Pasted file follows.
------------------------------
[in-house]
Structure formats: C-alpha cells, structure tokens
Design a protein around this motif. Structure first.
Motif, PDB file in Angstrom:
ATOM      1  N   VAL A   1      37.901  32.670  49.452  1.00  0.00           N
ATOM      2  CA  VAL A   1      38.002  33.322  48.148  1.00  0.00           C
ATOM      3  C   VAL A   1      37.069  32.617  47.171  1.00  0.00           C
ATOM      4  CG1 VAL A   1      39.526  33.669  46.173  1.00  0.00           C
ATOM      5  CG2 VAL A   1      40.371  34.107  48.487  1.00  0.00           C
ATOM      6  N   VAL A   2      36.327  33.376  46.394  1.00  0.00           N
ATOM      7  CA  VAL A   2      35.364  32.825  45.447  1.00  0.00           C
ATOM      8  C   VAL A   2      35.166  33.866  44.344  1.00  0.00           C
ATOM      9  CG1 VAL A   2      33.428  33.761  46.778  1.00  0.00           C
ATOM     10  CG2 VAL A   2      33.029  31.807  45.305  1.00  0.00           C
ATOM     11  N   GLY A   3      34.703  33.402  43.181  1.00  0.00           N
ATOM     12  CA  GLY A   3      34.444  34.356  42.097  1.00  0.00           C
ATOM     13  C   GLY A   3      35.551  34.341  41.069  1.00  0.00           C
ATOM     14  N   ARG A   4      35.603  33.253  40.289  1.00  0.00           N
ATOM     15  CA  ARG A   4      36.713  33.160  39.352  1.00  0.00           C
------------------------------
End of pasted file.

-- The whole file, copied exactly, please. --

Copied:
[in-house]
Structure formats: C-alpha cells, structure tokens
Design a protein around this motif. Structure first.
Motif, PDB file in Angstrom:
ATOM      1  N   VAL A   1      37.901  32.670  49.452  1.00  0.00           N
ATOM      2  CA  VAL A   1      38.002  33.322  48.148  1.00  0.00           C
ATOM      3  C   VAL A   1      37.069  32.617  47.171  1.00  0.00           C
ATOM      4  CG1 VAL A   1      39.526  33.669  46.173  1.00  0.00           C
ATOM      5  CG2 VAL A   1      40.371  34.107  48.487  1.00  0.00           C
ATOM      6  N   VAL A   2      36.327  33.376  46.394  1.00  0.00           N
ATOM      7  CA  VAL A   2      35.364  32.825  45.447  1.00  0.00           C
ATOM      8  C   VAL A   2      35.166  33.866  44.344  1.00  0.00           C
ATOM      9  CG1 VAL A   2      33.428  33.761  46.778  1.00  0.00           C
ATOM     10  CG2 VAL A   2      33.029  31.807  45.305  1.00  0.00           C
ATOM     11  N   GLY A   3      34.703  33.402  43.181  1.00  0.00           N
ATOM     12  CA  GLY A   3      34.444  34.356  42.097  1.00  0.00           C
ATOM     13  C   GLY A   3      35.551  34.341  41.069  1.00  0.00           C
ATOM     14  N   ARG A   4      35.603  33.253  40.289  1.00  0.00           N
ATOM     15  CA  ARG A   4      36.713  33.160  39.352  1.00  0.00           C